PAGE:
Sandy Bedlington Terriers have a light brown coat ranging from pale sandy to darker tan. The coat is usually lighter on the legs and belly and darker on the back and head. Sandy Bedlington Terriers have light brown noses and eye rims, with hazel or brown eyes.
Blue and Tan
Blue and Tan Bedlington Terriers have a blue-gray coat with tan legs, chest, and face markings. The coat is usually lighter on the legs and belly and darker on the back and head. Blue and Tan Bedlington Terriers have black noses and eye rims, with dark brown eyes.
Liver and Tan
Liver and Tan Bedlington Terriers have a liver-colored coat with tan legs, chest, and face markings. The coat is usually lighter on the legs and belly and darker on the back and head. Liver and Tan Bedlington Terriers have liver-colored noses and eye rims, with amber or brown eyes.
White Bedlington Terriers have a pure white coat with no markings. The coat is usually curly and soft. White Bedlington Terriers have black noses, eye rims, and dark brown eyes.
Overall, Bedlington Terriers have a unique coat that can come in various colors. Genetics, diet, and sun exposure can affect the color of a Bedlington Terrier’s coat. Therefore, caring for a Bedlington Terrier’s coat properly is important to maintain its color and texture.
How to Care for Your Bedlington Terrier’s Coat
Bedlington Terriers are known for their unique curly and woolly coat that can change color over time. To keep your Bedlington Terrier’s coat healthy and looking its best, it is important to follow proper grooming and bathing techniques, and to protect the coat from damage.
Grooming Tips for Bedlington Terriers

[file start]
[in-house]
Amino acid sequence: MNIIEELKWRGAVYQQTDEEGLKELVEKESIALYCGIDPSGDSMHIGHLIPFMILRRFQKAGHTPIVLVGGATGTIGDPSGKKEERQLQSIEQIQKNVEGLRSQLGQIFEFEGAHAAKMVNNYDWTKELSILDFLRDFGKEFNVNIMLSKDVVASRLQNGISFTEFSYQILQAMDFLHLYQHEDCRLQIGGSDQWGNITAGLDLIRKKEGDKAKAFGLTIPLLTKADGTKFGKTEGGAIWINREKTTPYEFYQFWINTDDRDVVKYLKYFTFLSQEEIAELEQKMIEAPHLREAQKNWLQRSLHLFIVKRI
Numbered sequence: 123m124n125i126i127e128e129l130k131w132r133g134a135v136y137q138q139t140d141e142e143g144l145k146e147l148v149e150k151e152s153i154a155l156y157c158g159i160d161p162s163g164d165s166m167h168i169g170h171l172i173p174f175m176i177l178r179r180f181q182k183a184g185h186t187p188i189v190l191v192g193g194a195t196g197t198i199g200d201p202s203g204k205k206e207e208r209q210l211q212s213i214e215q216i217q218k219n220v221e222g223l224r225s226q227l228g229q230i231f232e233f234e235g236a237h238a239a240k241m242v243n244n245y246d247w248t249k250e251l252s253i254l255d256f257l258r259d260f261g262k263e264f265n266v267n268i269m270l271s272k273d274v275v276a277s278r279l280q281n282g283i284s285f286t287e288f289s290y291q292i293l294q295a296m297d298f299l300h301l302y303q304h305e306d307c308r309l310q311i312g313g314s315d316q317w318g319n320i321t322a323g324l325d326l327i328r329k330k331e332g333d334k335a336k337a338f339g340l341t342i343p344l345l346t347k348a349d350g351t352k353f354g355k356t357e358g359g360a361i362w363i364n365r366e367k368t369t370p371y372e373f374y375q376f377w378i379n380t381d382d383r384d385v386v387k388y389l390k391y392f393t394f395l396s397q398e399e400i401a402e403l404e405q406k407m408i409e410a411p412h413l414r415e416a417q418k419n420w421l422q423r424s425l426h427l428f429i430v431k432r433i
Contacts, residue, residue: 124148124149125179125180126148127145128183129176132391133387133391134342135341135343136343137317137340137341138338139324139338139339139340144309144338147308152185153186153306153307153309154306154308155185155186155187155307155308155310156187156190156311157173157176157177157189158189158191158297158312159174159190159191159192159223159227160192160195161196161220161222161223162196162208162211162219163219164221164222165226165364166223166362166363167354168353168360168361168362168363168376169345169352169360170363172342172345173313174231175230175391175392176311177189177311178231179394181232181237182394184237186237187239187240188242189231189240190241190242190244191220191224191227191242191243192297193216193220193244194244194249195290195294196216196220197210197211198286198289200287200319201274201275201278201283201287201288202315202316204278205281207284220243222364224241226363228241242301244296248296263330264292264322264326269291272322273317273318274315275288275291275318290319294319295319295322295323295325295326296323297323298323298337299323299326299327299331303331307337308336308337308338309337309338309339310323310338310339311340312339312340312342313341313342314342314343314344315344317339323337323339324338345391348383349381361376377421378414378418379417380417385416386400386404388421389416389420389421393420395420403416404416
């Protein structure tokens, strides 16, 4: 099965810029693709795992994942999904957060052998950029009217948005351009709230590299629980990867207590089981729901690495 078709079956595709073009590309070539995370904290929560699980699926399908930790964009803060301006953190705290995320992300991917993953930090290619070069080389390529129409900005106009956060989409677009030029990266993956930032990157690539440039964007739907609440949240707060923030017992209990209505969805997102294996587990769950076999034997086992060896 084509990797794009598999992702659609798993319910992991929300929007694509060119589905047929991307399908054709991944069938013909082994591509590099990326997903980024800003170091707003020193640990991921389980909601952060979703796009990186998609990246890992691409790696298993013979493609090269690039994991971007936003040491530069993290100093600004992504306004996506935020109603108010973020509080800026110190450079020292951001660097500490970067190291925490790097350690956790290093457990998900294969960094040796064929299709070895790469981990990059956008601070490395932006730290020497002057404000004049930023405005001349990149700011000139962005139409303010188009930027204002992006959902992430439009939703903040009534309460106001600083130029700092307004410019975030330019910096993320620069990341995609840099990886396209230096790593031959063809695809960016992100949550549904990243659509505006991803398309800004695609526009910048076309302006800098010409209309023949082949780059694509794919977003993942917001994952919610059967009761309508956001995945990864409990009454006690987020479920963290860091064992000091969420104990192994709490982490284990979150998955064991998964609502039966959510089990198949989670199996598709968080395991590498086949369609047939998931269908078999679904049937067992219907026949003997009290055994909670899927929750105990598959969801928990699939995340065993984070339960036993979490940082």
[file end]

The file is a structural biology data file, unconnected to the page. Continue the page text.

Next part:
Regular grooming is essential for Bedlington Terriers to keep their coat free of mats and tangles. Use a slicker brush or comb to brush through the coat at least once a week, paying special attention to the areas around the ears, legs, and tail.
For Bedlington Terriers with longer hair, it is recommended to use scissors or clippers with a long guard to trim the long, unruly hairs. Depending on your preferred grooming style, use clippers to even up the fur on the head, ears, legs, and tail.
Bathing Your Bedlington Terrier
Bathing your Bedlington Terrier too frequently can strip their coat of natural oils, so it is recommended to bathe them every 4-6 weeks. Use a mild dog shampoo and warm water to wet the coat thoroughly, then massage the shampoo into the coat. Then, browse thoroughly and repeat if necessary.
After bathing, use a towel to dry the coat, and then use a hair dryer on a low setting to dry the coat. Finally, make sure to brush the coat while drying to prevent matting.
Protecting Your Bedlington Terrier’s Coat from Damage
To keep your Bedlington Terrier’s coat looking its best, it is important to protect it from damage. Avoid exposing your dog to harsh chemicals or other irritants, and keep them away from rough surfaces that can cause matting or tangling.
Regular grooming and bathing can also help protect the coat from damage. Use a dog-specific conditioner to help keep the coat soft and shiny, and avoid using human hair products on your dog.
Following these simple grooming and care tips can help keep your Bedlington Terrier’s coat healthy and looking its best.